Sayed Ahmed Pacha, 60, complains that the WFP purchases no local grain, but Rico said a local procurement exercise aiming to purchase 5,000 tonnes of wheat last year could only find 500 tonnes worth marketing - and that was after 200 tonnes of impurities like stones and dirt had been removed. Rico said the farmers' case is based on notions that are difficult to dispel.
"They are seductive arguments; they are easy explanations," she said. "But once you look at the facts, these are not sustainable arguments." "Anybody who knows they are doing something decidedly wrong needs to have some kind of justification and, in this case, we come in handy."
The farmers say they only know survival. "Tell the government if they want to eradicate these plants, then come and give us food, education, the things we need," said Pacha's angry brother, Sayed Hassan Pacha, 65, who has 10 mouths to feed besides his own.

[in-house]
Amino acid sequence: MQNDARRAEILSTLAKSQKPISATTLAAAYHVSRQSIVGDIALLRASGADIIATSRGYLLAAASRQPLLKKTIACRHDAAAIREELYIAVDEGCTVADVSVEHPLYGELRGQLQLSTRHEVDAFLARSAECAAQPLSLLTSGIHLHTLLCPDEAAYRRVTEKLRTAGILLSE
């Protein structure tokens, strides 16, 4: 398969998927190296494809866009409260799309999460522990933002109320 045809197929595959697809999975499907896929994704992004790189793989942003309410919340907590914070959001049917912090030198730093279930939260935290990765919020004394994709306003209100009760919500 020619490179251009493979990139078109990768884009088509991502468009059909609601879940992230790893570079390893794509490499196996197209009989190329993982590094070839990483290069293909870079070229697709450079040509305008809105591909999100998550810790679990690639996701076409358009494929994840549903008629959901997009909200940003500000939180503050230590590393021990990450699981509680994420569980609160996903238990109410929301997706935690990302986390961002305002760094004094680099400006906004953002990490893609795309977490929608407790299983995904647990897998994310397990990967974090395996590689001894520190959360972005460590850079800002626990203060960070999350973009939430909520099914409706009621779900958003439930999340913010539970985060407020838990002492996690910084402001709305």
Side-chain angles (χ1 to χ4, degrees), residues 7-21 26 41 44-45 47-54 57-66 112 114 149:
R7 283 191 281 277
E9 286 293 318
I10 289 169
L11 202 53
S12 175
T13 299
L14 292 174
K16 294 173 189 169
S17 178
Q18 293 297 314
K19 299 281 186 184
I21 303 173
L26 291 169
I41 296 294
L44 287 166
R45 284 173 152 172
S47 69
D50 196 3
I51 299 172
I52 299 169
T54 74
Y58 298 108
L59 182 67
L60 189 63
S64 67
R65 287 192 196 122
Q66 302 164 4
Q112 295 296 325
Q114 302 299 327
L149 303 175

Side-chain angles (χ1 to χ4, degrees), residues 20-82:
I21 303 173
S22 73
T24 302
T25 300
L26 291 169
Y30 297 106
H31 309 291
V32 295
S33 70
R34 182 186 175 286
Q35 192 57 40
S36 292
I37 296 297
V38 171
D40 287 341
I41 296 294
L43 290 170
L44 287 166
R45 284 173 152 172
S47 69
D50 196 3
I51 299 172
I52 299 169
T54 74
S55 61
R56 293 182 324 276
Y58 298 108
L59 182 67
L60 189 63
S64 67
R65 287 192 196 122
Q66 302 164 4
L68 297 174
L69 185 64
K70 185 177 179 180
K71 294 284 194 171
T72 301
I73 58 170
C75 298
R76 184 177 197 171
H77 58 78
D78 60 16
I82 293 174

"All of the NGOs, they promised us a lot of things, like irrigation for our fields, but they never did it. They say one thing and do nothing. None of their promises have been kept." Hassan Pacha said the government makes threats but acts slowly. It will only take out the roadside fields, he predicted. It doesn't have the resources to do more.
Still, farmers around Jalalabad are cutting their bulbs early, bleeding them of the white 'milk' that is their gold, scraping it off every other day after it dries into a brown, pasty substance that is raw opium. The process last about 15 days, or eight cuttings. Hassan says he will not give up.
"When there is peace, when factories are built, when there is water and irrigation, and when there are jobs, that is when we will abandon the poppy," he said. "But that will take at least four or five years." Meanwhile, Yusaf - a shrewd businessman - has a little nest egg for his future.